Down in Concord

“The government solution to a problem is usually as bad as the problem and very often makes the problem worse.” — Milton Friedman

The House is not in session this week or next. Many members will be busy in Committees of Conference trying to resolve differences between House and Senate versions of bills. Each conference committee crafts a compromise on one bill, then submits the compromise bill with explanation to both the House and the Senate by June 20. This year there are 26 bills headed to conference. The biggest and most important bills are, of course, the budget bills.  On June 26, the House will vote on conference committee reports, and that should be their last session of the year.

Most of the bills other than the budget bills will be of little interest to most people. (Does a bill “consolidating the property appraisal division and the municipal services division of the department of revenue administration” interest anyone?) Most people probably aren’t particularly interested even in the budget bills – for the simple reason that most people have little interest in anything to do with politics.

There is one bill that might interest quite a few people. And that is the Medical Marijuana bill, HB 573. The House approved it by an overwhelming bipartisan majority, but the governor said she had problems with parts of the bill, so the Senate amended it, and then passed it by a 3-1 bipartisan majority. Advocates of medical marijuana no doubt will be contacting their representatives trying to influence the conference committee.

Down in Concord, the most difficult, time-consuming, and important conference will be on the budget. The numbers aren’t all that different – the Senate increases spending by 7%, the House increases by 10%. The Senate spends $23 million more than the House on the Department of Health and Human Services. Governor Hassan labels that increase a “devastating cut”.

In the State House there is an Office of Legislative Budget Assistant (LBA), staffed with professional number crunchers. One of the many documents they produce is a line by line – 1611 pages worth – comparison of the House and Senate budgets. One column shows the dollar difference between the two versions. On page after page after page the difference is zero. I managed to get through about 800 pages before I ran out of energy. It is fair to say that over 90%, perhaps closer to 99% of the spending proposals are identical.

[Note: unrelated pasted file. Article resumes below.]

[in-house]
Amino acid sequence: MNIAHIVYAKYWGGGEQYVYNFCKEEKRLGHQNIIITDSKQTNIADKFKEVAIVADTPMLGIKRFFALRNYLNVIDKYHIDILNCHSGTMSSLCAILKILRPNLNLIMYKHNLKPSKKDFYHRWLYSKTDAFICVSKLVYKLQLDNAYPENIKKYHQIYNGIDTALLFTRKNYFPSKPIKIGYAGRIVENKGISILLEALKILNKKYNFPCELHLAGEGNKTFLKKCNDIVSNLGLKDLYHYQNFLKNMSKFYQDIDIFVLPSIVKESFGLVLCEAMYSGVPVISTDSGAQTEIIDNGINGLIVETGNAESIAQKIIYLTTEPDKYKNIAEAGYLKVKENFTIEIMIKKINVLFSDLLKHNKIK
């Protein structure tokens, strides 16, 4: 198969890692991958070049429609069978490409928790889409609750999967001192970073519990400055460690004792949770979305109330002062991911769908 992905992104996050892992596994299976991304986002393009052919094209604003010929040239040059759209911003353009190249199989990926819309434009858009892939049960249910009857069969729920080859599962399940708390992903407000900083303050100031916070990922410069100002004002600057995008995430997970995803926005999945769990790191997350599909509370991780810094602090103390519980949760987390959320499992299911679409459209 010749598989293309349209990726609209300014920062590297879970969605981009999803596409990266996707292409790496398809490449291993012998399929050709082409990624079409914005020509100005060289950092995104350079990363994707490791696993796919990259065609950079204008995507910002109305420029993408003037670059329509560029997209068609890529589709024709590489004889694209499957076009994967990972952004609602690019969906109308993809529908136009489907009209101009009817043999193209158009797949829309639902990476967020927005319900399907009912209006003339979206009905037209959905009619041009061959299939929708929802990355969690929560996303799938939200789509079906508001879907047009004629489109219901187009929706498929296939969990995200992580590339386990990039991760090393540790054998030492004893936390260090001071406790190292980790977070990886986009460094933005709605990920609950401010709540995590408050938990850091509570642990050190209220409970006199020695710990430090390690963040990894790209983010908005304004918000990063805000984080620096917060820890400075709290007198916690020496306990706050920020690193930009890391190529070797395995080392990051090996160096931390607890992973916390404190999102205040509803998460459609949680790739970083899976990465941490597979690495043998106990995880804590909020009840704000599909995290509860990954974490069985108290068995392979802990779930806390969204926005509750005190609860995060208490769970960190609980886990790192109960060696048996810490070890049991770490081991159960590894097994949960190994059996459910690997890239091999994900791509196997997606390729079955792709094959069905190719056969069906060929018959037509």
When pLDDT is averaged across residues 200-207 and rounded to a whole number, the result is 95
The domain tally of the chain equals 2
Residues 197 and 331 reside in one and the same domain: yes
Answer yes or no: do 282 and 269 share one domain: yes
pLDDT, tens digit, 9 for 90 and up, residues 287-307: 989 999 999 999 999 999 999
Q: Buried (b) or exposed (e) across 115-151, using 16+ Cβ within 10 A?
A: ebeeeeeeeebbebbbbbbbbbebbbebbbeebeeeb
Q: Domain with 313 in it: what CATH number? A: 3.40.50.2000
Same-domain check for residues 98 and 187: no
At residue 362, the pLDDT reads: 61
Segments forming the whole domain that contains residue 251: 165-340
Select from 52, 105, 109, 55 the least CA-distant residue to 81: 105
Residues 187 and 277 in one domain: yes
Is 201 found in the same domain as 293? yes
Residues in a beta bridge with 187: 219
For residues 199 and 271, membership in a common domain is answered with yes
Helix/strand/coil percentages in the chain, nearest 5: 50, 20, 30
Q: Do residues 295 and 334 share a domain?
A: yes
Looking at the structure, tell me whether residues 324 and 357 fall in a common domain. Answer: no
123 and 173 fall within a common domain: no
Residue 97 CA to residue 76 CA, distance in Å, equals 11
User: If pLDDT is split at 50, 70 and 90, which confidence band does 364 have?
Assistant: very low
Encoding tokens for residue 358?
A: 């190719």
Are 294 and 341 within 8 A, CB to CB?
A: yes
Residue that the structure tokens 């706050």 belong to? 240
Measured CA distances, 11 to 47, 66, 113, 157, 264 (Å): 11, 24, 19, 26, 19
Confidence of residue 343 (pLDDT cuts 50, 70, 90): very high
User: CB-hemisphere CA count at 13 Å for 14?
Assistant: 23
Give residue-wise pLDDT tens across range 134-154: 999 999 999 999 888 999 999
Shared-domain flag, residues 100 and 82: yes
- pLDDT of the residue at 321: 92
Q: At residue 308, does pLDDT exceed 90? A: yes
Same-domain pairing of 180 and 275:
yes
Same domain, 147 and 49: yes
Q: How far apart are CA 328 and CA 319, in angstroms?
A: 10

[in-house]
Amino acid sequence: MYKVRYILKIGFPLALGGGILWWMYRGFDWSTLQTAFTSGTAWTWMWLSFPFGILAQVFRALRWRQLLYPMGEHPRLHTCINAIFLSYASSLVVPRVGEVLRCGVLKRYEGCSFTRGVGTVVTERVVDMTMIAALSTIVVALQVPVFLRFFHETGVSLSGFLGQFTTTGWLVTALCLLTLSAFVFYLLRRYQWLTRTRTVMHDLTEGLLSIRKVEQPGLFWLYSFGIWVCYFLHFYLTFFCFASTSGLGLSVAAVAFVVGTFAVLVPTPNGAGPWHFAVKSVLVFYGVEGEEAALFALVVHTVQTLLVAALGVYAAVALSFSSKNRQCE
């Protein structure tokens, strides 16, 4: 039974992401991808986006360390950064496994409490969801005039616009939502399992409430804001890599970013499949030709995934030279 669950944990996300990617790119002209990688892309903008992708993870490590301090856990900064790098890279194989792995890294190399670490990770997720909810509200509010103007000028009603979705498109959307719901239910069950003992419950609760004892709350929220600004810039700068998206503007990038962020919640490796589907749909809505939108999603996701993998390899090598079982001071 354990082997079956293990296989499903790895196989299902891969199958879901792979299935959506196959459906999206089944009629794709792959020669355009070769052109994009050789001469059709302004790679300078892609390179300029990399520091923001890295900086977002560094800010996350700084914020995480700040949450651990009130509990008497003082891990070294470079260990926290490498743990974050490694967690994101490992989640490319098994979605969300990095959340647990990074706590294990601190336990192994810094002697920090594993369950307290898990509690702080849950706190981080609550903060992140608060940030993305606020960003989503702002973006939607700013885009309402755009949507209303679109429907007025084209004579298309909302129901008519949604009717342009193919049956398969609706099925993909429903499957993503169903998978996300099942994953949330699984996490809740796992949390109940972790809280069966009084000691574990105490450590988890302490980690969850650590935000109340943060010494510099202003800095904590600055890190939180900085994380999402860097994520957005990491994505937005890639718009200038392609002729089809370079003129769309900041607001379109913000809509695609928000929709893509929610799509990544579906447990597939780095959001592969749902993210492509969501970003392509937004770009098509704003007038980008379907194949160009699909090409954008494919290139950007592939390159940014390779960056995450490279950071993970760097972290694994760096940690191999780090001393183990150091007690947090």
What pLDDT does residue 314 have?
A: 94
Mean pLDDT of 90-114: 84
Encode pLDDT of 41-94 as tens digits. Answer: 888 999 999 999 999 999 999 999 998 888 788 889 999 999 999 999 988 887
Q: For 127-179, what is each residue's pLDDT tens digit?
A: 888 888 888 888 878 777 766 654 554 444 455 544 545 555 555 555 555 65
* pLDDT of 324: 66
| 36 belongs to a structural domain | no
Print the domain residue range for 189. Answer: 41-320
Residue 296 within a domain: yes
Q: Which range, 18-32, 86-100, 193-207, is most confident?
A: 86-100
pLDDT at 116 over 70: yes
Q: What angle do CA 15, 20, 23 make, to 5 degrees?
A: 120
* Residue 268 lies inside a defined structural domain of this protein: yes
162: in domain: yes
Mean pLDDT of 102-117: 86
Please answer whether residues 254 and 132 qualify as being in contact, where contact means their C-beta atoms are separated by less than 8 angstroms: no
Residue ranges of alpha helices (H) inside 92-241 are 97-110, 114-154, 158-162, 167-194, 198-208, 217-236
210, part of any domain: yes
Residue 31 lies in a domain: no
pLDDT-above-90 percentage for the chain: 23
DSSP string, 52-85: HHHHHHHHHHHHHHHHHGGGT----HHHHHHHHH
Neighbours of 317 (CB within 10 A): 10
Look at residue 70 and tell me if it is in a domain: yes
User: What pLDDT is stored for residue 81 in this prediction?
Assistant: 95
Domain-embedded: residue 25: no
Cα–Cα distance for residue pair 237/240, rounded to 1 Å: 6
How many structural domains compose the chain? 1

The numbers aren’t the problem. The contentious debate won’t be about a million here, a million there. The debate will be about expanding Medicaid to cover not just the poor but people with incomes up to 138% of the federal poverty level. Proponents say that it will help thousands of poor people, that it will cost us nothing because the federal government will pay 100% of the cost for three years.

Opponents reply that “If it sounds too good to be true, it probably is.” There are always unintended consequences from any program, especially from a federal government program. Let’s look at the long-term effect of this program.

People often complain that politicians rarely plan beyond the next election. Well, the New Hampshire Senate is now saying let’s look beyond the two years of this budget to study whether this program will be good for the long term.

Politicians all too often judge a program by its intentions, not by its results. They feel good for how much money they spend, rather than how many people are actually better off. They create some new program, congratulate themselves for how well it will work, but only rarely measure the results of the last program they created.

Supporters of expanding Medicaid live in a fantasy world where every program works as intended. Let’s look at the real world.

A study of 13,000 Oregonians conducted by Harvard and MIT economists and recently published in the New England Journal of Medicine concluded that “Medicaid coverage generated no significant improvements in measured physical health outcomes in the first two years.”

A University of Virginia study of 1 million surgeries showed Medicaid patients were twice as likely to die as those with private insurance. The same study showed that compared to NO insurance, Medicaid patients were 13% more likely to die.

A Journal of Cancer article showed that Medicaid cancer patients are two to three times more likely to die than other patients.

Our neighboring state of Maine 11 years ago decided to expand its Medicaid coverage. Supporters thought it would reduce the number of uninsured, thus reducing the costs of uncompensated care. A decade later, the number of uninsured was unchanged at 12 percent. Medicaid participation grew 7 percent but private health insurance dropped by 7 percent. The main effect of expanding Medicaid is shifting people from private insurance to government insurance and sticking taxpayers with the bill.

Medicaid is a program of low quality and high cost – not just in dollars but also to the well-being of the recipients of poor care. If we truly care about people who need help – not just feeling good about throwing money at a problem – we should try to find a replacement, not expand Medicaid.